Wills mix up – a surprise verdict from the Supreme Court

Helen Gott

Helen Gott

The recent much publicised case of Marley v Rawlings & Another  has once again highlighted the need for specialist advice to be taken when making a Will.

The case concerned the estate of the late Mr Rawlings.   Mr & Mrs Rawlings made wills in 1999 leaving their estates to Mr Marley who was not a blood relation. However, Mr & Mrs Rawlings had inadvertently signed each other’s Wills, a fact which was overlooked by the solicitor at the time. Sadly, this only came to light when Mr Rawlings died and his two sons argued that he had died without a valid Will as he has not signed the Will bearing his name. The effect of Mr Rawlings dying without a will meant that his sons, not Mr Marley would inherit his estate.

Given that a Will is one of the most important documents you can ever sign, there are strict statutory principles that need to be complied with in order to sign a valid Will.   The rules are simple and have been in place since the 1837 Wills Act. In order to be a valid Will, the document must be signed by the testator (the person making a Will) in the presence of two or more witnesses who are present at the same time and who also sign the Will.

However, when drafting Wills, there will always be scope for human error and therefore it is possible to apply to the Court for rectification of a Will when there has been an administrative error in the drafting. The rules for rectification are defined narrowly and are limited to situations where a clerical error or the Will draftsman misunderstood the testator’s instructions.

Cases involving rectification usually relate to typographical errors or the omission of standard words which usually appear in Wills. These are cases where obvious errors have been made on the part of the draftsman and the rectification is a straight forward mechanism.

Mr Marley brought an application to the Court for rectification but both the High Court and the Court of Appeal found in favour of the deceased’s sons on the basis that the Courts did not have power to change Mr Rawlings’ Will. The Courts found that Mr Rawlings’ signature on the wrong Will did not amount to a clerical error and so could not be rectified.   The effect of these decisions was that Mr Rawlings had died without a valid Will and his sons therefore inherited his estate.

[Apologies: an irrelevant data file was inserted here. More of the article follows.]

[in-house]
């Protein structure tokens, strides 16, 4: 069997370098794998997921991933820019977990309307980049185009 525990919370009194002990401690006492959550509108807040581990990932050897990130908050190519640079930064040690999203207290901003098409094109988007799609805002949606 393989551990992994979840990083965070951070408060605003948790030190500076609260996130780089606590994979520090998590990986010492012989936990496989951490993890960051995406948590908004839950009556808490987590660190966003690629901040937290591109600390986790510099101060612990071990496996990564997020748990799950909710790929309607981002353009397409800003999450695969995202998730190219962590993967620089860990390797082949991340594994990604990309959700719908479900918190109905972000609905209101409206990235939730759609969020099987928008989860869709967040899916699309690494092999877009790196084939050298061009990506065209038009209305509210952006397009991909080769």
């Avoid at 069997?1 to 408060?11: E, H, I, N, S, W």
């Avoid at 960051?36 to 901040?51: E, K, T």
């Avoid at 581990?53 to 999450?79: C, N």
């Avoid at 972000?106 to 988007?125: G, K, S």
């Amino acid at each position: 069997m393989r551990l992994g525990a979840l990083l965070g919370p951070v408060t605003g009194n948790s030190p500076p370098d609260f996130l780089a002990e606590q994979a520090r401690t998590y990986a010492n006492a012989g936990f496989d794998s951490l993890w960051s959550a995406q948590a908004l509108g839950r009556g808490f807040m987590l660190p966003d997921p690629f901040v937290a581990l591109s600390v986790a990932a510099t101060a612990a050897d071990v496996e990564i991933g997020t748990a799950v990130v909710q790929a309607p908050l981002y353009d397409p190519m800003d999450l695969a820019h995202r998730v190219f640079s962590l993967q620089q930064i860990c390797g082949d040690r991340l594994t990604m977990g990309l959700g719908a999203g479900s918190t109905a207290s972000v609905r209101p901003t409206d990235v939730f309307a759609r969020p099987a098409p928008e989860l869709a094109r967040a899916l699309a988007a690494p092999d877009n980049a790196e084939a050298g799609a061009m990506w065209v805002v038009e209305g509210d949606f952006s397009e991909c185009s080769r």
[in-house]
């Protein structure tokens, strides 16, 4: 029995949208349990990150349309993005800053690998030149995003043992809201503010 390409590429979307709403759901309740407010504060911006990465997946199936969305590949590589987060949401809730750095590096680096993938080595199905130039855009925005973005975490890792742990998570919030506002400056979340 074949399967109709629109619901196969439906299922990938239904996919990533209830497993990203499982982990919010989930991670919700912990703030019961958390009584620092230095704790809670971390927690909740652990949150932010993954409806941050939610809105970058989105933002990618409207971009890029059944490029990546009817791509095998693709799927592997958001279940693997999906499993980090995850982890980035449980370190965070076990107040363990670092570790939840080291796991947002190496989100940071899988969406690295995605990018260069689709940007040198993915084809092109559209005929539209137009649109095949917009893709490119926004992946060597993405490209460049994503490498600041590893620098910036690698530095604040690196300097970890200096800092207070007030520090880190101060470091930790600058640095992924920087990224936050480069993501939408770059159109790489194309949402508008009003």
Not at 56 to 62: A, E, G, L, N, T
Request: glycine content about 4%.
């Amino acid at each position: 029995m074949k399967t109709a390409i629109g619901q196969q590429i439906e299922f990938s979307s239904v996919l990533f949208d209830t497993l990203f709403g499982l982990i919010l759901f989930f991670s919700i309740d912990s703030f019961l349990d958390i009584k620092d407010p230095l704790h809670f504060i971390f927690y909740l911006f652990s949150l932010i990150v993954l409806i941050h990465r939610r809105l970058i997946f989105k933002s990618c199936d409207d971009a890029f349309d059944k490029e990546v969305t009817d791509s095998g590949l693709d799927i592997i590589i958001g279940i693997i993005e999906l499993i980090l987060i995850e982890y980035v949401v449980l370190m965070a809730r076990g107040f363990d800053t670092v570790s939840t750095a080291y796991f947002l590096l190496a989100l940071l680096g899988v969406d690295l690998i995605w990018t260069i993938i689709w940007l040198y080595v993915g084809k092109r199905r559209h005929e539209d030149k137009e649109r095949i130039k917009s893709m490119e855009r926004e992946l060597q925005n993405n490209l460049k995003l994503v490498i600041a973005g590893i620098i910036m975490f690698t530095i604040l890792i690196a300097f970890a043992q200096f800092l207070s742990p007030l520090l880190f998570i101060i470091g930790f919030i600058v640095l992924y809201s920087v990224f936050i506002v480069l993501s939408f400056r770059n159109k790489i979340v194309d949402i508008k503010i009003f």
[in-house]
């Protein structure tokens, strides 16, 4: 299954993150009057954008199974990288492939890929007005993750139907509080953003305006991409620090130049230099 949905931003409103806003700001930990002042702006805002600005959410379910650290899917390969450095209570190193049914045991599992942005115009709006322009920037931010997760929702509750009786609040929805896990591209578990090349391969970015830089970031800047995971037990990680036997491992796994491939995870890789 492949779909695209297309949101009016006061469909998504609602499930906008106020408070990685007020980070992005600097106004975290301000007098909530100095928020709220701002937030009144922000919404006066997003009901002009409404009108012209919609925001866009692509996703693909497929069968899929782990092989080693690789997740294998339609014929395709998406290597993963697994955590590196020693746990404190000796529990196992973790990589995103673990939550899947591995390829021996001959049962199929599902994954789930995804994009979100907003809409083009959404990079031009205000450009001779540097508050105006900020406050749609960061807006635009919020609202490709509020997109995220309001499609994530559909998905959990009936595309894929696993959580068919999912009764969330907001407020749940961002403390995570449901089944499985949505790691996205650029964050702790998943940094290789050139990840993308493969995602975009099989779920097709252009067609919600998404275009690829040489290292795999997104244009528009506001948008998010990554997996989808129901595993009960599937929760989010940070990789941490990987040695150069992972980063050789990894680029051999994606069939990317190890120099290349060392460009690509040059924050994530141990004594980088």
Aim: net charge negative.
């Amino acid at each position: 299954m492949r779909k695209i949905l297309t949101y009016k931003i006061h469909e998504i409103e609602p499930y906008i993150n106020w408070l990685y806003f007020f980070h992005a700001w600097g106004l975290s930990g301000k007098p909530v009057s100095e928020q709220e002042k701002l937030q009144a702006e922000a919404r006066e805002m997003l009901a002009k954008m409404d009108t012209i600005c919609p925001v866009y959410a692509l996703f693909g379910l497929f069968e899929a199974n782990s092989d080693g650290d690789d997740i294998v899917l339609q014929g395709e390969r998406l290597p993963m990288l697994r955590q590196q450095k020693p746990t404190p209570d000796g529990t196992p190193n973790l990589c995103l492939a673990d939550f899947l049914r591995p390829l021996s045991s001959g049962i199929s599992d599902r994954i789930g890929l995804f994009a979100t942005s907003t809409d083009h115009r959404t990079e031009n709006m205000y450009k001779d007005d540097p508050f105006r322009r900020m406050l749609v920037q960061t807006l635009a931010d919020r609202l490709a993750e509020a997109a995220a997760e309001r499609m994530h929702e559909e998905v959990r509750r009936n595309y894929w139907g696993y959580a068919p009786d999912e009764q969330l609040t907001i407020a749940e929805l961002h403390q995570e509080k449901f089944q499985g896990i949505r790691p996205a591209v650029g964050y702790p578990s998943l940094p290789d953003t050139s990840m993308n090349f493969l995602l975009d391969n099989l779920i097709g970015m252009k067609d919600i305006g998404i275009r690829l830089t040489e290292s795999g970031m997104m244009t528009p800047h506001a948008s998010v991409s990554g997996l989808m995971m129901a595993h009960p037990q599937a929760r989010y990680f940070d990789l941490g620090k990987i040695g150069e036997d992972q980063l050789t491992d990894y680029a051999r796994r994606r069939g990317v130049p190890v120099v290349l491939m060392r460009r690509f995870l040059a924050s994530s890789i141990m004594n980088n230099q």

However, Mr Marley appealed this decision and the higher Supreme Court surprised the legal profession and commentators by overturning the decisions of the lower Courts to find that Mr Rawlings’ Will was valid. Whilst this might seem like the ‘fairest’ result, it could potentially widen the scope of rectification cases which have always traditionally being restricted to a few specific instances.

The Court took the view that an obvious oversight should not be allowed to overrule the testator’s wishes. This decision drew a parallel with the way that commercial contracts are interpreted.

Commentators have expressed concern that by widening the remit of the standard rectification cases, this will ‘open the floodgates’ for claimants to attempt to rectify imperfect Wills.   I am sceptical that this will be the case given that the Rawlings circumstances were particular to the facts and in practice it is exceptionally rare for solicitors to make such an omission.

However, with more and more Wills providers entering the market place it is inevitable that more mistakes will be made and so could see an increase in claimants trying to widen the scope of rectification yet further.

Helen Gott
Wills and Probate Department
0113 227 9388

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